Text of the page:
ARLINGTON, VA – As senior counsel, Construction Law, for Associated General Contractors (AGC) of America, Brian Perlberg has seen his share of strife within the field of construction law. In the last two months, however, he’s seen an entirely new level of chaos.
“The virus crisis has turned the world on its head, and it has certainly done that in construction,” says Perlberg, who also serves as executive director and senior counsel for ConsensusDocs, Arlington, Va. “We just got the latest jobs report, and just shy of one million people have left the workforce. We were facing serious workforce shortages, and now we’re worrying about keeping the construction economy afloat.”
According to Perlberg, virus delays began under the force majeur (nobody’s fault) banner, with supply chain disruptions adding additional complications. “Then all hell broke loose,” he says. “And there have been a myriad of responses. In some places, construction is considered essential with safety procedures from the CDC and OSHA.”
AGC of America has added clarity with its own safety template for industry personnel to tailor to their own projects. Some projects are indeed moving forward, while others are proceeding at roughly 60% capacity. Still others are shuttered altogether.
“One of the first responses to the COVID crisis was that people needed to pay more attention to their contracts,” says Perlberg, who is also a member of the educational advisory board (EAB) at Construction Super Conference (CSC). “Get out your contract and know what it says. If there is a delay, give proper notice and try to figure out the costs involved.
“The best legal advice that I’ve gotten in the context of COVID 19 is almost like non legal advice,” Perlberg continues. “It’s we’re all in this together. Don’t be a jerk. The most important provision of your construction contract is not the payment clause, it’s the blanks where you fill in the parties’ names. This crisis gets us back to the basics. You’ve got to work together, not be a jerk, and figure out what’s reasonable and unreasonable.”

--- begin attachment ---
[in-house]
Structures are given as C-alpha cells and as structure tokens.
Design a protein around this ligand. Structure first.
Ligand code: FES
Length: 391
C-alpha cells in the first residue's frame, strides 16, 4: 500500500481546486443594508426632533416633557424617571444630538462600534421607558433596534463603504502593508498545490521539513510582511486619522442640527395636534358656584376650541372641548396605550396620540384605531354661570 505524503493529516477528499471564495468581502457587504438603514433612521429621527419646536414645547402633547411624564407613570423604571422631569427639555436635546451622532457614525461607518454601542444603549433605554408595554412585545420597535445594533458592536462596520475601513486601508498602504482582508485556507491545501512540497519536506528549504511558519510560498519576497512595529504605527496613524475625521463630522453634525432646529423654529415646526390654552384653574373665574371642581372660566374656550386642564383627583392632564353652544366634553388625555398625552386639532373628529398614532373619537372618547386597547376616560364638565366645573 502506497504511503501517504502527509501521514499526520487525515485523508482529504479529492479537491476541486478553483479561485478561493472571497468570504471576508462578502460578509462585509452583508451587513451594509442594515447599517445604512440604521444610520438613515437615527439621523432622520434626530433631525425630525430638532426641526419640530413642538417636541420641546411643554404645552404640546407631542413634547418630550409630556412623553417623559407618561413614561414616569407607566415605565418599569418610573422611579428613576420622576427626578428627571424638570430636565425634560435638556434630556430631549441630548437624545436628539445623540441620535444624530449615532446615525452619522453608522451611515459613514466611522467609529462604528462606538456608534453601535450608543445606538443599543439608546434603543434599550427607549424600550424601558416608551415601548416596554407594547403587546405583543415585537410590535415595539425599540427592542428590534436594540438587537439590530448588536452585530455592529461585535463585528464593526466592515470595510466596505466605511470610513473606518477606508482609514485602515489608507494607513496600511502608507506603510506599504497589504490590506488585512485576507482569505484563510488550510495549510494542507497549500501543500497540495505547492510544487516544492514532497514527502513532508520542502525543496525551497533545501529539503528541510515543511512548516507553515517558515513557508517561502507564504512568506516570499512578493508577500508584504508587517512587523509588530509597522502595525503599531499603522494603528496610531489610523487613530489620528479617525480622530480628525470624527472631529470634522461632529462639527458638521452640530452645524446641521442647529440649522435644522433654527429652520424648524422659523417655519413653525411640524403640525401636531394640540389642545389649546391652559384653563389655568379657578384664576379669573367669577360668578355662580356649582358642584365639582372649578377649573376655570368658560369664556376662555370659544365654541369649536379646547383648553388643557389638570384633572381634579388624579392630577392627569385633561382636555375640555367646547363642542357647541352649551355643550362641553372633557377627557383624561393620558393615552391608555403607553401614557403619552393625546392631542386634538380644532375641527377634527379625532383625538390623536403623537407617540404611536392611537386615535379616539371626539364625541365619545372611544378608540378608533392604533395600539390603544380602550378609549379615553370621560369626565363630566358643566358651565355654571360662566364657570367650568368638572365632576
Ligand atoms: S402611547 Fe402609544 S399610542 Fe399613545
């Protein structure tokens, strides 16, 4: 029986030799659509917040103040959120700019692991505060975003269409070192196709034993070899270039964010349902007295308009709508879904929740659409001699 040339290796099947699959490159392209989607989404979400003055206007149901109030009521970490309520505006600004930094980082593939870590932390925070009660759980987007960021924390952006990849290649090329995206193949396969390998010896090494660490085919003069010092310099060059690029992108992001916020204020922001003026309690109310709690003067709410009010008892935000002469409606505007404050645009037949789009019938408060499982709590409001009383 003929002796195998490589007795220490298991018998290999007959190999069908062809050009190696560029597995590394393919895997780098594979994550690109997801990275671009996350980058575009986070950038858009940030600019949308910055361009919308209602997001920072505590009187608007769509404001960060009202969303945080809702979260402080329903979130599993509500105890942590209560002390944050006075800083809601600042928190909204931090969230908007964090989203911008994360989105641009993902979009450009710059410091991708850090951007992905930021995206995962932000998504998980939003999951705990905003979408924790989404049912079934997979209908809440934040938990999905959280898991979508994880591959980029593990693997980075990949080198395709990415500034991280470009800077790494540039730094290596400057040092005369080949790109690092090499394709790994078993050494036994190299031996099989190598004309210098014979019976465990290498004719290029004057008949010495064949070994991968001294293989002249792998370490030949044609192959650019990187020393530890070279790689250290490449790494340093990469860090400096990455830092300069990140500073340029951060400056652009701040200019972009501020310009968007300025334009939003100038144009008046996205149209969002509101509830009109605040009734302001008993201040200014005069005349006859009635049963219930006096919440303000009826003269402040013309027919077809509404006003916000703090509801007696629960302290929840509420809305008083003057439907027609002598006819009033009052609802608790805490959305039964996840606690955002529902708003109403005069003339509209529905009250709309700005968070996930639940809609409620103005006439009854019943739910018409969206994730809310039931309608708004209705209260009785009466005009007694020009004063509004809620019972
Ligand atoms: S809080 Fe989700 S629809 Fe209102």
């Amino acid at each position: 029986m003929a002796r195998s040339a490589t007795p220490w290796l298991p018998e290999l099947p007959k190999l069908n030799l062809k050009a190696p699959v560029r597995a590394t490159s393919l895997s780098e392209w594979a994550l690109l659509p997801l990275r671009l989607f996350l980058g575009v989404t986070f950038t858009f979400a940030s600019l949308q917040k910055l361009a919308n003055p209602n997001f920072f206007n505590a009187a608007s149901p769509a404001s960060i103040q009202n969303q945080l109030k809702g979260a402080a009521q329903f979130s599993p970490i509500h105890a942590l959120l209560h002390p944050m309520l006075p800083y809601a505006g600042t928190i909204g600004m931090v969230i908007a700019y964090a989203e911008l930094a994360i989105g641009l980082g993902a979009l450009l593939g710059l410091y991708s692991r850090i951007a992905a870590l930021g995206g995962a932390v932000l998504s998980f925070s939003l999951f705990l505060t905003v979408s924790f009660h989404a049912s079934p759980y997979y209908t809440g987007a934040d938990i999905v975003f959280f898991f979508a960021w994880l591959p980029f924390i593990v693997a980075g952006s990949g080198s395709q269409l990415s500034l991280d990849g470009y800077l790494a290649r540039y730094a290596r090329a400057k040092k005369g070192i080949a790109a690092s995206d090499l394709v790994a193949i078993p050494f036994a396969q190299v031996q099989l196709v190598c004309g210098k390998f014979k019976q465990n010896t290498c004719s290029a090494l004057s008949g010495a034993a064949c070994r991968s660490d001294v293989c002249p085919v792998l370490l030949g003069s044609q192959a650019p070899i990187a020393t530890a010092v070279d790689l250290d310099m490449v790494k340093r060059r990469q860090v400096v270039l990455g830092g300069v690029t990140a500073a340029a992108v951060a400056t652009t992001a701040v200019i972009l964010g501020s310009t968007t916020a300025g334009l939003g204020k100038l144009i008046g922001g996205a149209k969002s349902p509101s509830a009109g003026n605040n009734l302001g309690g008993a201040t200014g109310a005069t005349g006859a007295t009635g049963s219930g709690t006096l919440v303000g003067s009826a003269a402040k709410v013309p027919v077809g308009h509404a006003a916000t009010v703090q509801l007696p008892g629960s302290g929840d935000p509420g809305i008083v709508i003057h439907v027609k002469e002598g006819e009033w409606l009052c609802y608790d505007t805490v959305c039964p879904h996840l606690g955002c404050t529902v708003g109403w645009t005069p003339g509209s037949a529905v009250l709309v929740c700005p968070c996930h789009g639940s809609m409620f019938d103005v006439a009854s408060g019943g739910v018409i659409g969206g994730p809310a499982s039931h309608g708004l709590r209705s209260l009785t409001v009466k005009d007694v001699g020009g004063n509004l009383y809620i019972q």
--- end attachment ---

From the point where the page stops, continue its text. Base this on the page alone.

The back-to-basics philosophy brought on by the virus crisis has naturally led to a change in focus for many construction law attorneys. According to attorney Thomas V. Giordano, lawyers focusing on transactional and claims/litigation are experiencing a precipitous decline in business activity.
“Being part of a construction management and development company, certainly our industry has been deeply affected,” says Giordano, who serves as general counsel, Construction, Lendlease Americas, New York, N.Y. “Much of what we do has been deemed by the various jurisdictions as non-essential. That said, our legal departments are extremely busy as they usually are in times of crisis, dealing with strategic adjustment and management of our legal rights, obligations, and responsibilities.” Peering into the future, Giordano sees uncertainly among parties who are seeking to enter into contractual relationships. “An owner doesn’t necessarily know how this [virus concern] is going to be quantified pro forma, and a construction manager is reticent to give a guaranteed price,” predicts Giordano, a CSC EAB member. “We spend so much time making sure our contracts allow for protected interest. We know where we stand, but this is a big bubble of speculation that is preventing new transactions from being consummated because of the sheer inability to guess.”